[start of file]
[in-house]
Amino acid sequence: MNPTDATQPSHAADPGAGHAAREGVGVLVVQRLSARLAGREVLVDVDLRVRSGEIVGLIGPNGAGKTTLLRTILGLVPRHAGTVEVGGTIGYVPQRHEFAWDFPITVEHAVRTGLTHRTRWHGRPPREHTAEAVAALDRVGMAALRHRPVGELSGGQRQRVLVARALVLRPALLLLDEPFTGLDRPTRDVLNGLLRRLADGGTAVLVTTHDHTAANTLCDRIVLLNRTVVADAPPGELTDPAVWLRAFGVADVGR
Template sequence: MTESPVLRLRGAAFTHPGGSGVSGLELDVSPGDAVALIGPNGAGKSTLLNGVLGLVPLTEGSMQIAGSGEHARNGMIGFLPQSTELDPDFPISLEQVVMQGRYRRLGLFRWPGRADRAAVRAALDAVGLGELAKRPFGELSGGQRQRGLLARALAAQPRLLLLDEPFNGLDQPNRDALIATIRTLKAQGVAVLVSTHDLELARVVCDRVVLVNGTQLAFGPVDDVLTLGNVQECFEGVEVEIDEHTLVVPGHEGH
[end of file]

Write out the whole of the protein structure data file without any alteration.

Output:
[in-house]
Amino acid sequence: MNPTDATQPSHAADPGAGHAAREGVGVLVVQRLSARLAGREVLVDVDLRVRSGEIVGLIGPNGAGKTTLLRTILGLVPRHAGTVEVGGTIGYVPQRHEFAWDFPITVEHAVRTGLTHRTRWHGRPPREHTAEAVAALDRVGMAALRHRPVGELSGGQRQRVLVARALVLRPALLLLDEPFTGLDRPTRDVLNGLLRRLADGGTAVLVTTHDHTAANTLCDRIVLLNRTVVADAPPGELTDPAVWLRAFGVADVGR
Template sequence: MTESPVLRLRGAAFTHPGGSGVSGLELDVSPGDAVALIGPNGAGKSTLLNGVLGLVPLTEGSMQIAGSGEHARNGMIGFLPQSTELDPDFPISLEQVVMQGRYRRLGLFRWPGRADRAAVRAALDAVGLGELAKRPFGELSGGQRQRGLLARALAAQPRLLLLDEPFNGLDQPNRDALIATIRTLKAQGVAVLVSTHDLELARVVCDRVVLVNGTQLAFGPVDDVLTLGNVQECFEGVEVEIDEHTLVVPGHEGH